*Extract all accessible data and convert them into percentage differences between organic and conventional crops
*Statistical synthesis (“averaging”) of results. In simple terms you use a mathematical model to average the composition differences data.
*Both weighted and unweighted meta-analyses were done. Only weighted meta-analyses are considered scientifically sound from a mathematical point of view and is presented here.
A weighted meta-analysis looks at many samples across many parts of the world, thus it has a bigger weight than for instance a small study that might have looked at two milk samples. This is a more complicated mathematical algorithms and you need data on the statistical variation within the study. You can’t include data from studies which haven’t reported their variation. Even in peer-reviewed journals, this is sometimes the case in this particular space of science. This is why we also did an un-weighted meta-analysis, because that allows you to include all those studies which haven’t reported their variation, which gives you a little bit of a sensitivity analysis, on whether your weighted analysis, for which you have fewer data for, is actually sound.
We published the data on milk in 2016, and you can see that it’s a big group of people that were involved.
Średnicka-Tober, D., Barański, M., Seal, C., Sanderson, R., Benbrook, C., Steinmamn, H., Gromadzka-Ostrowska, J., Rembiałkowska, E., Skwarło-Santo, K., Eyre, M., Cozzi, G., Krogh Larsen, M., Jordon, T., Niggli, U., Sakowski, T., Calder, P.C., Burdge, G.C., Sotaraki, S., Stefanakis, A., Stergiadis, S., Yolcu, H., Chatzidimitriou, E., Butler, G., Steward, G., and Leifert, C. (2016)
Higher PUFA, and n-3 PUFA, conjugated linoleic acid, α-tocopherol and iron, but lower iodine and selenium concentrations in organic milk: a systematic literature review and meta-analysis. British Journal of Nutrition 115, 1045-1060: 2016
We had to find information from all sorts of different countries and a lot of the information in this particular space of science comes from data which is not published in English, so we needed to translate quite a bit from Germany and also from Poland. At the beginning of 2018 we published a big gap in the milk data which is what’s happening in the US.
Benbrook, C.M., Davis, D.R., Heins, B.J., Latif, M.A., Leifert, C., Peterman, L., Butler, G., Faergerman, O., Abel-caines, S., Baranski, M. Enhancing the fatty acid profile of (organic) milk through forage-based rations, with nutrition modelling of diet outcomes, Food Science and Nutrition6, 681-700: 2018
This study allowed us to look at two different types of organic production: standard organic and grass-fed organic. This is possible in the US because they now have a market for a sub-division of organic product which is grass-fed organic milk products. This allows us to learn a little bit more about the potential is for improving organic farming. This is why I am showing you data from that study as well. The data set that we have for milk and dairy products is very solid, it’s based on 170 papers on cow’s milk alone. There’s a few on sheep as well which show the same results. I am showing you the cow’s milk data.
Średnicka-Tober, D., Barański, M., Seal, C., Sanderson, R., Benbrook, C., Steinmamn, H., Gromadzka-Ostrowska, J., Rembiałkowska, E., Skwarło-Santo, K., Eyre, M., Cozzi, G., Krogh Larsen, M., Jordon, T., Niggli, U., Sakowski, T., Calder, P.C., Burdge, G.C., Sotaraki, S., Stefanakis, A., Stergiadis, S., Yolcu, H., Chatzidimitriou, E., Butler, G., Steward, G., and Leifert, C. (2016) Composition differences between organic and conventional meat: a systematic literature review and meta-analysis. British Journal of Nutrition 115, 994-10111: 2016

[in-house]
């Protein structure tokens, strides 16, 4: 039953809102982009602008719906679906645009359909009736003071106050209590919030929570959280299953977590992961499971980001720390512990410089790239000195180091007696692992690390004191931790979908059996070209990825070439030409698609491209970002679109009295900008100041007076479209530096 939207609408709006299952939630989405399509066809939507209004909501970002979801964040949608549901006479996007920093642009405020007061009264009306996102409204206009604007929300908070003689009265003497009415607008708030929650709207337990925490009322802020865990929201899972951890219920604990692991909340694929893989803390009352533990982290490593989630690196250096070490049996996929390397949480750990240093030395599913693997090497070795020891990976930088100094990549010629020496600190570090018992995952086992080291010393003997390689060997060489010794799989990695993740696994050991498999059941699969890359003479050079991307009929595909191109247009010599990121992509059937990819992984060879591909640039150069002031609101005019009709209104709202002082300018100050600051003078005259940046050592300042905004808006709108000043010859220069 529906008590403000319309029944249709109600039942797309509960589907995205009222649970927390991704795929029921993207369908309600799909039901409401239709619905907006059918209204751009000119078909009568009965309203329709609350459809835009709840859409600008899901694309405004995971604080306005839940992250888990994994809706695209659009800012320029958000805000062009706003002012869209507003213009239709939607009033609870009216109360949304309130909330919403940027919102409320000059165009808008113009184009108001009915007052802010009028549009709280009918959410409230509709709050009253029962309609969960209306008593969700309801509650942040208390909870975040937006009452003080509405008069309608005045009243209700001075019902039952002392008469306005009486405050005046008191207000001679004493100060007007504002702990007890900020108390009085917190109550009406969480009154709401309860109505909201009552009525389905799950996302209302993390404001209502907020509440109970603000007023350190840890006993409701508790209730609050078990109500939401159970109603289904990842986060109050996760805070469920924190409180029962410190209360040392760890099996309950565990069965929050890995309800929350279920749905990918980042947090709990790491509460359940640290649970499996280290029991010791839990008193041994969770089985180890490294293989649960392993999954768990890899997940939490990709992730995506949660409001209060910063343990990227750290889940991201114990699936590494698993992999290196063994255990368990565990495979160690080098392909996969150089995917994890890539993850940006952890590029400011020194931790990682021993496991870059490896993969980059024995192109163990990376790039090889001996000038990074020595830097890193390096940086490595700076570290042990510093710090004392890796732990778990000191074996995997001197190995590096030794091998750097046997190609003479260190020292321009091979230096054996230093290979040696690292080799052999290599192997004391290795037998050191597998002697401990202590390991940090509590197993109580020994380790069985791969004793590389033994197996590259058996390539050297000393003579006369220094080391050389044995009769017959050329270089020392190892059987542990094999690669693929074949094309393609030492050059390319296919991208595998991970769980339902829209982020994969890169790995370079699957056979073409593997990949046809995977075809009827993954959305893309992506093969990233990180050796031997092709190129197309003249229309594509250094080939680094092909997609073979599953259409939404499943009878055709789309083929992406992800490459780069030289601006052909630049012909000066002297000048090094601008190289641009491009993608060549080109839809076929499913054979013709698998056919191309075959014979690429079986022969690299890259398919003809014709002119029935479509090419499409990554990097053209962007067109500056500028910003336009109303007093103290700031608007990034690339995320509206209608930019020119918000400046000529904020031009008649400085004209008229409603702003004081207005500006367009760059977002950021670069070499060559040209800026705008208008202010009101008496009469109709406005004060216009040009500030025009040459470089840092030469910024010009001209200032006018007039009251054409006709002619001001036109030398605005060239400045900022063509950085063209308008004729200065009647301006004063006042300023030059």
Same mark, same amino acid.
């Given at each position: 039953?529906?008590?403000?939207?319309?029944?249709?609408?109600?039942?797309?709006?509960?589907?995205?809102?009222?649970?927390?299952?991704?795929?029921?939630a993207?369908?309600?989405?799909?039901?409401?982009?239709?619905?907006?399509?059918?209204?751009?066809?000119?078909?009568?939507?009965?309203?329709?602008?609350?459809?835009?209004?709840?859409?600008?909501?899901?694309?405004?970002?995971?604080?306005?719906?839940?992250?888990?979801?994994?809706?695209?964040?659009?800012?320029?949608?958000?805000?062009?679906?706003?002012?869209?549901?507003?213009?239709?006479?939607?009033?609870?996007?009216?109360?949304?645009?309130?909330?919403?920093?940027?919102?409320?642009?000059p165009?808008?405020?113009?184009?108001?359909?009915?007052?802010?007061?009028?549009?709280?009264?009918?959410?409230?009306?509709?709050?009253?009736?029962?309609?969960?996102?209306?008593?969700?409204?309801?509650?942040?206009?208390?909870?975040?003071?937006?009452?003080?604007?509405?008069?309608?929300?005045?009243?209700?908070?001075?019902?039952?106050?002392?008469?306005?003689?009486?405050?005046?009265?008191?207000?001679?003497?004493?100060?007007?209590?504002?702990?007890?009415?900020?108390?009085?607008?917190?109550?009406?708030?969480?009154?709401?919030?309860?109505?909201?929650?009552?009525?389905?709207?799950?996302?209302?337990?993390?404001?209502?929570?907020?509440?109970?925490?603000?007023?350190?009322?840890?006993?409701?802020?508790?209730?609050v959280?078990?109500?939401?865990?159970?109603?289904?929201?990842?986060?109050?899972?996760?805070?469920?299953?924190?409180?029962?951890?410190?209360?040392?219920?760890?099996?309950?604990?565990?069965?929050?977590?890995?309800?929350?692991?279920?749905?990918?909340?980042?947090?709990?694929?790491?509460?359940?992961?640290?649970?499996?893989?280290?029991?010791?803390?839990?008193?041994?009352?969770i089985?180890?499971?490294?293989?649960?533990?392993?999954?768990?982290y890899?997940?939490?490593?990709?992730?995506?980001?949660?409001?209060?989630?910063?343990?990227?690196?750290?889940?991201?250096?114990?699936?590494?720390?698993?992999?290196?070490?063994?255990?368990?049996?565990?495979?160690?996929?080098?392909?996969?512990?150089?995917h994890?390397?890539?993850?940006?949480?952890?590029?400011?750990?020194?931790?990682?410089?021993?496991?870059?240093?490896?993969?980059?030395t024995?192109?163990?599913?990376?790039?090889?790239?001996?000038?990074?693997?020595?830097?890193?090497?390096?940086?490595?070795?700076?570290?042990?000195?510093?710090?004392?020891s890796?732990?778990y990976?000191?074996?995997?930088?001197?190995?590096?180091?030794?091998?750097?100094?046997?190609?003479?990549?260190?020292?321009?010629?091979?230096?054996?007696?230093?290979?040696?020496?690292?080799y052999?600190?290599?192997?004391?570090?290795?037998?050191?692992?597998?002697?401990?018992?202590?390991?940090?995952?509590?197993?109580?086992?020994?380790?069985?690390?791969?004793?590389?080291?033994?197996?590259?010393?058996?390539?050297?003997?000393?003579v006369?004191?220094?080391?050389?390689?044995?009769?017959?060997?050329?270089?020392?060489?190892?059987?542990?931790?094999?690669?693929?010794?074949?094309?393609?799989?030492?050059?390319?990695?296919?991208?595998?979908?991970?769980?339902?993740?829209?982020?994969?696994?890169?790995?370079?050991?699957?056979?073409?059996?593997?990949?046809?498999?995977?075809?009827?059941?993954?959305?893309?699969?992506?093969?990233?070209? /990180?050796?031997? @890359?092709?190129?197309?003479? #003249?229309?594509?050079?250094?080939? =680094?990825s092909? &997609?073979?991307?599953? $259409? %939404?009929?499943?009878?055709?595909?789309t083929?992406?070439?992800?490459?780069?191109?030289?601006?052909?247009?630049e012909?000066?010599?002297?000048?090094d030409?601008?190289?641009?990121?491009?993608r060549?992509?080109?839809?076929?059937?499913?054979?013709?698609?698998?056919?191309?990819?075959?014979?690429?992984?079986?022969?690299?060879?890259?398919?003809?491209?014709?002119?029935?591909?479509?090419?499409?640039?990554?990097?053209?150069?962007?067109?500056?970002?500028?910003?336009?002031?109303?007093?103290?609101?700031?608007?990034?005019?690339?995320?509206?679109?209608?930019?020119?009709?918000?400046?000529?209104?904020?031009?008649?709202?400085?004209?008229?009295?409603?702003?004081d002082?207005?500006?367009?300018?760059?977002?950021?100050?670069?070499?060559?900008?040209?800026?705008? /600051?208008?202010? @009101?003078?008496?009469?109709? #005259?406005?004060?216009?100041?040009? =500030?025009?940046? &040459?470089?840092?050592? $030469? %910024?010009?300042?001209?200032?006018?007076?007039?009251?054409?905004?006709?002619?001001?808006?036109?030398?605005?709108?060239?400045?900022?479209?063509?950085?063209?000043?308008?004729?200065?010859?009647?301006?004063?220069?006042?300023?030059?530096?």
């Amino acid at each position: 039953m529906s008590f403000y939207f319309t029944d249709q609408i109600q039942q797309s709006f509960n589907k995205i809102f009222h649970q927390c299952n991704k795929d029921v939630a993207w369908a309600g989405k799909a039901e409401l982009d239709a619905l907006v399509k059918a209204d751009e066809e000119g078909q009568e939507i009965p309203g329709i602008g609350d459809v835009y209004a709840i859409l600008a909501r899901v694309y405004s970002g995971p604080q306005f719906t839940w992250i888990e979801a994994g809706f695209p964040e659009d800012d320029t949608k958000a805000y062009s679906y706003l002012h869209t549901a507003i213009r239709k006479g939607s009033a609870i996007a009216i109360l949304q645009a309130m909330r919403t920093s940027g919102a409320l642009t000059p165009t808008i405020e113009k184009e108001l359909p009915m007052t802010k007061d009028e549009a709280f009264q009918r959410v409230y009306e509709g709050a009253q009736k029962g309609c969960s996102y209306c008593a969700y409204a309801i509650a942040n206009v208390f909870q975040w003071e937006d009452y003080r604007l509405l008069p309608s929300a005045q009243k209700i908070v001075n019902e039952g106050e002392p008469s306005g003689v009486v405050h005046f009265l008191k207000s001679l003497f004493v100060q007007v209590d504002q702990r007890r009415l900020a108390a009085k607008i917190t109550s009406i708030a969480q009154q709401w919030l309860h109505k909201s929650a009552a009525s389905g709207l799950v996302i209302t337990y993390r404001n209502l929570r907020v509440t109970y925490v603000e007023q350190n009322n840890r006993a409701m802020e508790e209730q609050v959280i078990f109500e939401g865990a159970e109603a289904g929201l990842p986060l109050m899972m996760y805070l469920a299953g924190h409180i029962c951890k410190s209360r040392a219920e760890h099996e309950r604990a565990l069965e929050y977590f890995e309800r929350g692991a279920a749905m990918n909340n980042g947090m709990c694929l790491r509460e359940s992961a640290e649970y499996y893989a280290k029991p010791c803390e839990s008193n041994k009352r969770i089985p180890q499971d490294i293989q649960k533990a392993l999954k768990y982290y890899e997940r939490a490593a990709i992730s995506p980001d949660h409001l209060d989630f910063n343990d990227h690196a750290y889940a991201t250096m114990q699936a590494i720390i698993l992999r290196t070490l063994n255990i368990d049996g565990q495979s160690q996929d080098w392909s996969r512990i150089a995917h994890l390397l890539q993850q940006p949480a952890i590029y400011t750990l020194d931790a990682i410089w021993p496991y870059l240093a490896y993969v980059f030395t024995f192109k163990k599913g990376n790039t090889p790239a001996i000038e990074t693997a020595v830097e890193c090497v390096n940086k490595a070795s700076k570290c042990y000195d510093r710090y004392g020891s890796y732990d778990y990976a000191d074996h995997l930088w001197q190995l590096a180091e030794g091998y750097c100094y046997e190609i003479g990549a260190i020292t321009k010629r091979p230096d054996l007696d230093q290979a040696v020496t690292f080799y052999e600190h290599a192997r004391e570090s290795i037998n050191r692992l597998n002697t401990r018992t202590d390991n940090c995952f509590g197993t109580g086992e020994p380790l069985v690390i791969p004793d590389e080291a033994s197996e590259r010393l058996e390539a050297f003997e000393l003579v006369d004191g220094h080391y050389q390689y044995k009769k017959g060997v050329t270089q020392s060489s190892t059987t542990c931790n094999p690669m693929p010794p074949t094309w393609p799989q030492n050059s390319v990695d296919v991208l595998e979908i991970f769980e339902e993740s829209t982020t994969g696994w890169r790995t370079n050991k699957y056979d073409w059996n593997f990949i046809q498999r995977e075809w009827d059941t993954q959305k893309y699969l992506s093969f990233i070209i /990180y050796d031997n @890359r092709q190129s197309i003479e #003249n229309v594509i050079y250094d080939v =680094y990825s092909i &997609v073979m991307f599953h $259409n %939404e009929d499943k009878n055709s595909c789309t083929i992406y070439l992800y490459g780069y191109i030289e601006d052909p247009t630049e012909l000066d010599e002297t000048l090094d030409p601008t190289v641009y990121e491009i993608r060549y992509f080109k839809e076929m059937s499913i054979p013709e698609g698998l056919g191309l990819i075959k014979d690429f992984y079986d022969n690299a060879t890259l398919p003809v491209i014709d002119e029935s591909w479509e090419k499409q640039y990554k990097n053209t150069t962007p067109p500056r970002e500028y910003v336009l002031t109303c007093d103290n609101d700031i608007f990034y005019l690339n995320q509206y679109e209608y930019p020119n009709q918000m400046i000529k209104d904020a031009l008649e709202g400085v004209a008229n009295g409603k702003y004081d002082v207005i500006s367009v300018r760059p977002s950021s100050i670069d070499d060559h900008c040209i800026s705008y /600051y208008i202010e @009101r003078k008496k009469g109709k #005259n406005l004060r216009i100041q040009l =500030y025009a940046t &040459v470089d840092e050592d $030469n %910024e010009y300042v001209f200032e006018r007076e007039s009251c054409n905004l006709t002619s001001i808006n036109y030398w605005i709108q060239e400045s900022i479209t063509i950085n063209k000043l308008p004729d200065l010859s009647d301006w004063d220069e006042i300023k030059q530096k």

For more information see:
We also published in 2016. We had 67 papers on meat, which is a lot less. This sounds impressive at first but when you dig down a little bit and look at the individual meat commodities, it’s relatively little. Sixteen reviews on beef, they are not all reporting on the same nutritional composition components and this is not a lot. On meat we know a lot less than milk. The good thing is, the quality of milk is linked to the same agronomic parameters as the quality of meat with respect to fat at least. We can only talk about fat because we only have composition difference data.
That is a limited evidence base, too limited to even detect differences for some of the components people have measured. So sometimes we have 60% differences still not being statistically significant because of the variations on top of these studies. There are probably additional composition differences which will be detected once we have more information.
That’s a long introduction. There is more to include in the introduction because fat composition differences need a little bit of information on why they are actually nutritionally desirable or undesirable. I am concentrating on the main areas of where we currently know about the differences between organic and conventional foods.
Nutritionally desirable compounds in milk and meat fat are the polyunsaturated fatty acids (PUFA), in particular:
Omega 3 (Ω-3 fatty acids)
Conjugated linoleic acid (CLA)
Alpha linolenic acid (shortest chain omega-3 fatty acid) - (ALA), EPA, DPA, DHA are desirable because they are:
Linked to a reduced risk of diabetes and heart/cardiovascular diseases;
Additional benefits linked specifically to increased long chain Ω-3 (EPA, DPA, DHA) intake include (a) improved fetal brain development, (b) delayed decline in cognitive function in elderly men and (c) reduced risk of dementia. This is probably the only food component that the food standard agencies around the world believe and agree on, you should have more of in your diet.